We receive many questions about black squirrels. Two species of North American tree squirrels have black forms that occur naturally in certain parts of their ranges. The Eastern Gray Squirrel, a fairly small squirrel that occurs naturally throughout the eastern US and southeastern Canada and has been introduced into many western cities, is often black in northern parts of its range. In fact, in Canada it is often called the Black Squirrel. Black and gray individuals are often seen together, which makes some people think they're different species. The Eastern Fox Squirrel, which is larger and has orange- or yellow-tipped tail hairs, has a similar range but is absent from the northeastern US; in the South it is typically black, often with a white face and tail tip and sometimes ears.
The origins of black squirrels are obscure, but within the species’ natural ranges they probably reflect nothing more than normal geographic variation. Black (and white) squirrels seem especially prevalent in introduced populations, probably because the founders of those populations thought these forms were more attractive than the “normal” varieties. Some may be the result of selective breeding. The black squirrels in Kent, OH, were transplanted from Canada in the 1950s. Those in Marysville, KS, are believed to be descended from animals that escaped from a traveling carnival in the 1920s. There are albino populations in Olney, IL; Trenton, NJ; and Greenwood, SC.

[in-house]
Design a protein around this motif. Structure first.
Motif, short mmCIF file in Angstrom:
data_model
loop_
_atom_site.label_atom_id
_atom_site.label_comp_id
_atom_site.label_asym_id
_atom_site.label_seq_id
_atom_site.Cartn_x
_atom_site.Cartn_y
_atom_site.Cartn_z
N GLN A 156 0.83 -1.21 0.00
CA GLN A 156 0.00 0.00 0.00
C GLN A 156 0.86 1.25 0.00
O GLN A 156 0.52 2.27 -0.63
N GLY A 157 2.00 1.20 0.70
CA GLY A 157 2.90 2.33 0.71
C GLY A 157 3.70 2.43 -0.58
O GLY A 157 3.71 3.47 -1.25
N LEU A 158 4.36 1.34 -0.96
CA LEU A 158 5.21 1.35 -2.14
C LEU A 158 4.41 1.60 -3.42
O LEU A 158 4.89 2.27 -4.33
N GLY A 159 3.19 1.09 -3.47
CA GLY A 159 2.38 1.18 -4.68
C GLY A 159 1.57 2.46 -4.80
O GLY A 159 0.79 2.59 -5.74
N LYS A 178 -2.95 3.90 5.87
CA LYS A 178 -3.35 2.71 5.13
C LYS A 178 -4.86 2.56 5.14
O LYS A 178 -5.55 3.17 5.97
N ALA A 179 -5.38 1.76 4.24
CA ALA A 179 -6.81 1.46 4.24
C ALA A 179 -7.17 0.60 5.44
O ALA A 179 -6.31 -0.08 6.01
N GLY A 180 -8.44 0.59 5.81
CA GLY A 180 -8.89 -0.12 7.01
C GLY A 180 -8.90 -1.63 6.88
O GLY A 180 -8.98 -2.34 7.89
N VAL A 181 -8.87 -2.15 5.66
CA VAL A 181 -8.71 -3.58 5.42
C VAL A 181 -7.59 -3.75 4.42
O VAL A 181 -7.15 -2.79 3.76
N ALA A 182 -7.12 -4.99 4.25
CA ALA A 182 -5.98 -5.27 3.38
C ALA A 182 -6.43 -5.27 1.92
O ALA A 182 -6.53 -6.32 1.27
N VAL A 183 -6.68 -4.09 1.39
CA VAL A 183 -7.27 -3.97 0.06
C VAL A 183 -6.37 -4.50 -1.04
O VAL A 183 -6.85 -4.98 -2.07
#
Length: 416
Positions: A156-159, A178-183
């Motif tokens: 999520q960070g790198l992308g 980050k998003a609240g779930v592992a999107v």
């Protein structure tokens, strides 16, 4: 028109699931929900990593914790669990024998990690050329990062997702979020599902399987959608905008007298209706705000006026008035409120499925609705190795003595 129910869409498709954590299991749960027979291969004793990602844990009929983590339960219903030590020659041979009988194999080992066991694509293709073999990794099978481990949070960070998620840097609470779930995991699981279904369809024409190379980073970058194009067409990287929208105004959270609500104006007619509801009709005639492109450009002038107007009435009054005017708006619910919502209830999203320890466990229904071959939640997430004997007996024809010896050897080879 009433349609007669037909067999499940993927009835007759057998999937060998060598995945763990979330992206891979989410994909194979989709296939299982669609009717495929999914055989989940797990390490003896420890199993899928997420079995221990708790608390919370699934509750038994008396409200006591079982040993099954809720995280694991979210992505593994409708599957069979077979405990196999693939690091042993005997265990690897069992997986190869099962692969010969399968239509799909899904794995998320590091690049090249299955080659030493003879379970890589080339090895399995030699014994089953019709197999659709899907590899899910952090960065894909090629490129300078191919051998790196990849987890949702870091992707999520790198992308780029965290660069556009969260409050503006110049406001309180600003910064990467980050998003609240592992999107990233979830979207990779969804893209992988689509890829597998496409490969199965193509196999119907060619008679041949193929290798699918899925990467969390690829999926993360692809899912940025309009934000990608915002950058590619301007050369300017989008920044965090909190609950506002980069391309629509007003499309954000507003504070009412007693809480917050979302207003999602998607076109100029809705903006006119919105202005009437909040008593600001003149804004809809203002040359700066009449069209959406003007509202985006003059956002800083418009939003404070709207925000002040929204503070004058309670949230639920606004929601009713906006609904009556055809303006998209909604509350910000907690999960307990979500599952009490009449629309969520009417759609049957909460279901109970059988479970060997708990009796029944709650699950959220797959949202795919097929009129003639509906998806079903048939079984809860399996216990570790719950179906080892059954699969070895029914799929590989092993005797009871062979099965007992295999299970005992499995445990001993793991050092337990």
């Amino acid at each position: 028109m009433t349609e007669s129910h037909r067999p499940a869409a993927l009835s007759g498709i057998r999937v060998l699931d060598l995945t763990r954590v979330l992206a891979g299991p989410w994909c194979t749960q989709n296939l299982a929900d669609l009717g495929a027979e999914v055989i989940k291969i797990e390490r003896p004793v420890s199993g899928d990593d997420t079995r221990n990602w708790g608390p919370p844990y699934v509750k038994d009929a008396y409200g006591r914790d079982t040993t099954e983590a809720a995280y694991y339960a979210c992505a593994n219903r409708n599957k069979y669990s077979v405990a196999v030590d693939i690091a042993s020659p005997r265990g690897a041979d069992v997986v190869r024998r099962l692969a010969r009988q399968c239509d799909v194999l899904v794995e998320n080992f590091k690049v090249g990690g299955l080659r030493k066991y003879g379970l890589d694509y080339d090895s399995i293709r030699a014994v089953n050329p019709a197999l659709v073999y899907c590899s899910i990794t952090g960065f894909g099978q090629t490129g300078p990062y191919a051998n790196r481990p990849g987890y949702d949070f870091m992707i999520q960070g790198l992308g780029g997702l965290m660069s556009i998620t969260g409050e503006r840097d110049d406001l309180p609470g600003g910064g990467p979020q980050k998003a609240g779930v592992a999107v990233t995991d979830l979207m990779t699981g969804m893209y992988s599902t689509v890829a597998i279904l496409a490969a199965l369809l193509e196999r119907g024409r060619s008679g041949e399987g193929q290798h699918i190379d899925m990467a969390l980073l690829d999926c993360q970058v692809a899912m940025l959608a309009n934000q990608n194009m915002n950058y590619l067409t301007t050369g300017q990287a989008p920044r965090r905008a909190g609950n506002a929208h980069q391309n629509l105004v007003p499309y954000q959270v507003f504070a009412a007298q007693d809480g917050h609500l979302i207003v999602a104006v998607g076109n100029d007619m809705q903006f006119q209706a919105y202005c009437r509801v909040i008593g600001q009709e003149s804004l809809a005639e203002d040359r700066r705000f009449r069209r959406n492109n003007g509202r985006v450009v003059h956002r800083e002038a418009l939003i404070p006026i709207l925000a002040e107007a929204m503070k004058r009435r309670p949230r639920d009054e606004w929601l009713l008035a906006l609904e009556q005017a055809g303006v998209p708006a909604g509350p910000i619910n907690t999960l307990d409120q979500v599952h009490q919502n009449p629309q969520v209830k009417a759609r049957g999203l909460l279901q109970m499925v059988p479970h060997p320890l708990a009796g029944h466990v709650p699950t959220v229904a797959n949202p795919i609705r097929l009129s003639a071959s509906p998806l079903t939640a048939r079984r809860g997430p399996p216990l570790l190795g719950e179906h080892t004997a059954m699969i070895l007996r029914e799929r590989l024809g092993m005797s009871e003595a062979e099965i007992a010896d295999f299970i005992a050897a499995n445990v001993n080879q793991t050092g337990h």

Here are some Web links that you may find helpful:
an entertaining site on towns that promote themselves for their black squirrels
has some more information and links concerning black gray squirrels
Finally, you can learn more about these species in general on eNature:
We hope this helps,eNature Naturalists